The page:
Immigration-Related Employment Practices

AuthorSteven M. Ladik and Kristi Taylor
Chapter 7
By Steven M. Ladik and Kristi Taylor
A. Overview
B. Persons and Entities Liable for Compliance
1. Employers
2. Employers’ Agents
3. Successors-in-Interest
4. Recruiters
5. Independent Contractors
C. Form I-9 Paperwork Requirements
1. Verify Identity and Employment Eligibility
a. Documents That Establish Employment Eligibility and Identity
b. Documents That Establish Identity Only
c. Documents That Establish Employment Authorization Only
2. Proposed Regulations to Streamline Verification Process
3. Exception for Employer Associations
4. Verification Pilot Programs
D. Recordkeeping
E. Re-Verification
F. Administration and Enforcement
1. ICE Investigations
2. Contesting a Notice of Intent to Fine
3. Defenses
a. Good Faith Compliance
(1) Form I-9: Section 1
(2) Form I-9: Section 2
7-305 immigraTion-relaTeD employmenT praCTiCes
(3) Form I-9: Section 3
(4) Good Faith Exception Unavailable
(5) Error Cannot Be Corrected
b. Grandfathered Employees
c. Continuing Employment
d. Casual Employment
e. Contract Labor
f. Reliance on State Agency Documentation
4. Penalties
A. Governing Law
B. Protected Individuals
C. Prohibited Discriminatory Practices
1. Hiring, Firing, Recruiting, Referring for a Fee
2. National Origin Discrimination
3. Citizenship Discrimination
4. Retaliation/Intimidation
5. Excessive Documentation
D. Proving Discrimination
E. Defenses
1. Title VII Preemption
2. Discrimination Required by Law
3. Right to Prefer Equally Qualified Citizens
4. Contract Workers
5. Failure to File a Timely Claim
Appendix 7-1 Tips for Employers: Balancing the Act’s Verification and Anti-Discrimination
Provisions in the Hiring Process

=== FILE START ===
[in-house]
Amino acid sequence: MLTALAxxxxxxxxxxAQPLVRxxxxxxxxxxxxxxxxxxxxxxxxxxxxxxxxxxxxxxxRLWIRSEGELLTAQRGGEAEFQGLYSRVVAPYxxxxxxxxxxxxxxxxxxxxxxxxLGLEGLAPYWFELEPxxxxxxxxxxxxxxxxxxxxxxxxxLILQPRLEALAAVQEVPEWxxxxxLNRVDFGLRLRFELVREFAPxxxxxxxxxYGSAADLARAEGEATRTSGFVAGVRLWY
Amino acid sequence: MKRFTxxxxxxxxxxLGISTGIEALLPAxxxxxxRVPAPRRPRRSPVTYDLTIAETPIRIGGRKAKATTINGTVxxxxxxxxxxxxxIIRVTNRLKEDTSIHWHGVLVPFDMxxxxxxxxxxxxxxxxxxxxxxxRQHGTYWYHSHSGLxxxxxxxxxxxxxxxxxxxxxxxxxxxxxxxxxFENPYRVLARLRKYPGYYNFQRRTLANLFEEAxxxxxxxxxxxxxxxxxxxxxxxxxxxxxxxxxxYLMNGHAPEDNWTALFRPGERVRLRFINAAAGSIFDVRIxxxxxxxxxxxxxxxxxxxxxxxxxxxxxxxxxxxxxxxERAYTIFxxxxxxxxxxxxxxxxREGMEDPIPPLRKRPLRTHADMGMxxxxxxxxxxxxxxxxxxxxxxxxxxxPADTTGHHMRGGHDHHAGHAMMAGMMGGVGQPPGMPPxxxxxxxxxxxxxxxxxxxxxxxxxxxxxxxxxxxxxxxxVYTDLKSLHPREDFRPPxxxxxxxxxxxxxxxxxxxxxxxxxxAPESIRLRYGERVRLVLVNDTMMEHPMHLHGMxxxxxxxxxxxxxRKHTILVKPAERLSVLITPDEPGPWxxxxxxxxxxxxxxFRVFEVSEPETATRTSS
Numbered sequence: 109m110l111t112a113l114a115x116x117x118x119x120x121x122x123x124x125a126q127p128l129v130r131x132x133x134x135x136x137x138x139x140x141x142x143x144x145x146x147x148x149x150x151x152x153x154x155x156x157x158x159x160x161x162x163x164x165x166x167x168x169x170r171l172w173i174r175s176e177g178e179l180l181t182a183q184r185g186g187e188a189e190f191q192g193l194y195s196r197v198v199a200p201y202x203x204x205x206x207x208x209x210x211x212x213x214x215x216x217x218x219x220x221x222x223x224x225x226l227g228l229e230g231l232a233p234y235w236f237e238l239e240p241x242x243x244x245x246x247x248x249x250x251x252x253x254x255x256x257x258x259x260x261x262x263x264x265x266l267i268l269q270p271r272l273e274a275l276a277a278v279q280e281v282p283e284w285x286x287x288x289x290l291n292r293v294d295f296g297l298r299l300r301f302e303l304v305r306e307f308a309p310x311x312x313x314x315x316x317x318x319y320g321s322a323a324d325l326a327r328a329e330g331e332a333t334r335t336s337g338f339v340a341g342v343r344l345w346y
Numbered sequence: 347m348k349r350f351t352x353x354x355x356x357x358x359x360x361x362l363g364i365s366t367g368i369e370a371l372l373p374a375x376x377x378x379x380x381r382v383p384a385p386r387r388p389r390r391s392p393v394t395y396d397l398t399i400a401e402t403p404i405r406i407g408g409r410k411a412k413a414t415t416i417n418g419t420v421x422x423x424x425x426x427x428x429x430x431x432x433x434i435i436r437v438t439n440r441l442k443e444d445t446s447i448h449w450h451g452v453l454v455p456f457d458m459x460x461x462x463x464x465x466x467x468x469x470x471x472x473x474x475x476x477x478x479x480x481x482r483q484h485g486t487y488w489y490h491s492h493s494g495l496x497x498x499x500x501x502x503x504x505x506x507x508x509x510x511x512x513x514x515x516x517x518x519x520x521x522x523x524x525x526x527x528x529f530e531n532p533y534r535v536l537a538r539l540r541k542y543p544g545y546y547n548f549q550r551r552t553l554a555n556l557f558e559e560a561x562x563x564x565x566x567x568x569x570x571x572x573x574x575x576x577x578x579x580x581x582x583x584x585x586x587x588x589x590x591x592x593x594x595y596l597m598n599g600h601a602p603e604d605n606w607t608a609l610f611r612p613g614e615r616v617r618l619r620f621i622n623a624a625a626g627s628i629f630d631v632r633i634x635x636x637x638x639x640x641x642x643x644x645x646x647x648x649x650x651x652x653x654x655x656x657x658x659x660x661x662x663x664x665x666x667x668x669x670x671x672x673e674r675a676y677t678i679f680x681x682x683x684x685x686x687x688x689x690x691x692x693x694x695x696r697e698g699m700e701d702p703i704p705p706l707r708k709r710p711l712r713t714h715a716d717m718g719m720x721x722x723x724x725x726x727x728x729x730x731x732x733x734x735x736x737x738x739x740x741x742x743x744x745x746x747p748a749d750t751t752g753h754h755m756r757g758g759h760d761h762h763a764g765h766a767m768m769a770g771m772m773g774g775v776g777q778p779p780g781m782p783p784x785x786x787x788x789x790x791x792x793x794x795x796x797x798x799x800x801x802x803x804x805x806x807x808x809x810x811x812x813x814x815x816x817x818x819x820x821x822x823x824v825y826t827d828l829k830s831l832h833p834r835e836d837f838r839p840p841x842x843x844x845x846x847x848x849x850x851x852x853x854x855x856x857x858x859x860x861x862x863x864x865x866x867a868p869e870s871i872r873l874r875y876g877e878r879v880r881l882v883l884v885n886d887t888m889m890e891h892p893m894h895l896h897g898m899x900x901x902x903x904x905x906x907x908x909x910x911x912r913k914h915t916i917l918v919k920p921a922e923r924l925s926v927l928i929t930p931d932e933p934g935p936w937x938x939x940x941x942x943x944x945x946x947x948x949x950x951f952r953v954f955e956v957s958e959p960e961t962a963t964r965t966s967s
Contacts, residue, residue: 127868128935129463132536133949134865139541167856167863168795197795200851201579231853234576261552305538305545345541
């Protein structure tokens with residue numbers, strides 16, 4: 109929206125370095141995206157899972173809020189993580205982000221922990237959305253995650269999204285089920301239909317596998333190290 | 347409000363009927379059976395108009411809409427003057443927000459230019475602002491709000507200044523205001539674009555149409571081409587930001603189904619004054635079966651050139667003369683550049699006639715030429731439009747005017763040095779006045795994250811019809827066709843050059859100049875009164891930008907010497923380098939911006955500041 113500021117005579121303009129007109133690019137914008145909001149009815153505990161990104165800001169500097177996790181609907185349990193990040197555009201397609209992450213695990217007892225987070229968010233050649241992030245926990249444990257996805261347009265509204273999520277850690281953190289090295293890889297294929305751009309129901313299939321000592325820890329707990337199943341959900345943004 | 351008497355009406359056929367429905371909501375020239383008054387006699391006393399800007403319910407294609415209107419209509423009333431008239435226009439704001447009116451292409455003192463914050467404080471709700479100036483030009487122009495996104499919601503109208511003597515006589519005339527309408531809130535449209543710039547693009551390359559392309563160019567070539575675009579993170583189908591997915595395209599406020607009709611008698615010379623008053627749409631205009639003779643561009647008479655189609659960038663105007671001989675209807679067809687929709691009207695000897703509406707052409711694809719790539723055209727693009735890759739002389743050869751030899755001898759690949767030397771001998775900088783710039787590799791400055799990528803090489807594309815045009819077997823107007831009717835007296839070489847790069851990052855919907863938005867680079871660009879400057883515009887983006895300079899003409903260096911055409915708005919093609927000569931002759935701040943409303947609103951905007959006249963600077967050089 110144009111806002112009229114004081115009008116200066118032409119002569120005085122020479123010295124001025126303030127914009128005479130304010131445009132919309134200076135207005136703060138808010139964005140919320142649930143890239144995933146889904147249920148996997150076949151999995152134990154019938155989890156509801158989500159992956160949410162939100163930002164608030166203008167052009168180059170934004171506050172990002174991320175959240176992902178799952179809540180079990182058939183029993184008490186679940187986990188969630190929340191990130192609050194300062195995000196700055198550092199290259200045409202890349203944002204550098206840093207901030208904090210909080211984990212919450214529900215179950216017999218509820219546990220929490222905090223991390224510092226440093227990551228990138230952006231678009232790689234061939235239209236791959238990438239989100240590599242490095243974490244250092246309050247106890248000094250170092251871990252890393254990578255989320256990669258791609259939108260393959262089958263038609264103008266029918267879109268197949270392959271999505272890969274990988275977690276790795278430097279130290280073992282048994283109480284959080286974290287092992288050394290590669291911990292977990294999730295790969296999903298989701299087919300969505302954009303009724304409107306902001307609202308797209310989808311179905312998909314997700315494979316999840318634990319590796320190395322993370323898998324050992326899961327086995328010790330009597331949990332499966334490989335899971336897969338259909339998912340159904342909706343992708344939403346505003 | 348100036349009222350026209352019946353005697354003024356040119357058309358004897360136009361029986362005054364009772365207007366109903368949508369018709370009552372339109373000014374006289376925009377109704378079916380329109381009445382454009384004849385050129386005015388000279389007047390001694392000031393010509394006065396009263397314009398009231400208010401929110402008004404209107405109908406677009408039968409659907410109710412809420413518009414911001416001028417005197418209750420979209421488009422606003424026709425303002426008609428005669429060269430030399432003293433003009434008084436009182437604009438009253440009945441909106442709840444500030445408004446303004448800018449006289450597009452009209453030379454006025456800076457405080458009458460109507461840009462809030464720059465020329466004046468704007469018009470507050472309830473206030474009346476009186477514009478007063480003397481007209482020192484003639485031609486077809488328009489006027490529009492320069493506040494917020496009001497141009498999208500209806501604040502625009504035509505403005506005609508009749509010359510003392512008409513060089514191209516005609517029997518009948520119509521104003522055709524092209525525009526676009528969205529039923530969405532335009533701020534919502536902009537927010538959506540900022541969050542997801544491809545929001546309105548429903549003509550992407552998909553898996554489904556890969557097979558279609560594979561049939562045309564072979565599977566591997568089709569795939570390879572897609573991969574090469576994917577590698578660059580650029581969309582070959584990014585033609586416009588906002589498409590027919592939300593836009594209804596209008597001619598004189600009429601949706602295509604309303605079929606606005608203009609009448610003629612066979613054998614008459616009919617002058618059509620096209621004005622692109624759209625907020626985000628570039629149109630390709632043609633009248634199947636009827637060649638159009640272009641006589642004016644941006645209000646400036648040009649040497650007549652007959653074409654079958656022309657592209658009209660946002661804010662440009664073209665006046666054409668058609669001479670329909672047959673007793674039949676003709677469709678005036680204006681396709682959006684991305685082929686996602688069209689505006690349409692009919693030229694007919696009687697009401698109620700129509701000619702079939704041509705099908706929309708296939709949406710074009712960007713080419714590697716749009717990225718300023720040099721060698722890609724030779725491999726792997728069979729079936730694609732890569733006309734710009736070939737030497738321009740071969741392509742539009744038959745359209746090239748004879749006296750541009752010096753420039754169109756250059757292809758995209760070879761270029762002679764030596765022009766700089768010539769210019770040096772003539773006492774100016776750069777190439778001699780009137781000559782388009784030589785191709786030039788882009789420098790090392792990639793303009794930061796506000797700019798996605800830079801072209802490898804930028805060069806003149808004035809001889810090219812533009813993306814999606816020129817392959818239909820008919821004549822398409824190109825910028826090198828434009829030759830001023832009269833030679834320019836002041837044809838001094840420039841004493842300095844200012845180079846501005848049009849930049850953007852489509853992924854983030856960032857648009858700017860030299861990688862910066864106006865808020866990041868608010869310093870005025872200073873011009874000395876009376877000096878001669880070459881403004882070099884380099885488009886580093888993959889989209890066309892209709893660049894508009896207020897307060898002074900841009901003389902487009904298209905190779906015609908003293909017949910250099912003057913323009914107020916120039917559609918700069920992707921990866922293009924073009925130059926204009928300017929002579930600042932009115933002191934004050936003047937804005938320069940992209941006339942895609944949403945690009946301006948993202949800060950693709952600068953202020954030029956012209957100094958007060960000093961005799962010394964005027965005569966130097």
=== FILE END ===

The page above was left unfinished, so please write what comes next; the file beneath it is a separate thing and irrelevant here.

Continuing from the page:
Appendix 7-2 Summary of E-Verify State Legislation
Appendix 7-3 Summary of ICE Worksite Enforcement Actions
§7:1 Texas employmenT law 7-306
With the passage of the Immigration Reform and
Control Act of 1986 (IRCA), Pub. L. No. 99-603, 100
Stat. 3359, Congress, for the first time, levied civil and
criminal penalties on employers who failed to verify a
new hire’s employment eligibility. With the Immigration
and Nationality Act (the Act), as amended by IRCA, and
its implementing regulations, Congress imposed detailed
procedural requirements that employers must follow after
hiring a new employee. See 8 U.S.C. §§1101, 1324a; 8
C.F.R. §274a. These rigid requirements are designed to
ensure every individual working in the United States,
regardless of nationality, is authorized for employment.
The Act’s procedural requirements must be balanced with
the IRCA’s strict anti-discrimination provisions (8 U.S.C.
§1324b) to protect against an employer becoming so zeal-
ous in its desire to verify each new hire’s employment
authorization that it discriminates against job applicants on
the basis of national origin or citizenship status. The Illegal
Immigration Reform and Immigrant Responsibility Act
of 1996 (IIRIRA), Div. C of Departments of Commerce,
Justice, and State, and the Judiciary Appropriations Act
of 1997, Pub. L. No. 104-208, 110 Stat. 3009, made a
number of significant amendments to IRCA’s employ-
ment verification and immigration-related discrimination
provisions, which included the authorization for the
Basic Pilot Program, an electronic employment verifica-
tion system, that is now known as the E-Verify program.
The E-Verify program is a web-based program in which
employers can enter data from the completed I-9 form
for newly hired employees that is then compared to the
information in databases maintained by the Social Security
Administration and the Department of Homeland Security
to determine whether or not the employee is authorized
to work in the U.S.
In 2003, Congress passed the Basic Program Extension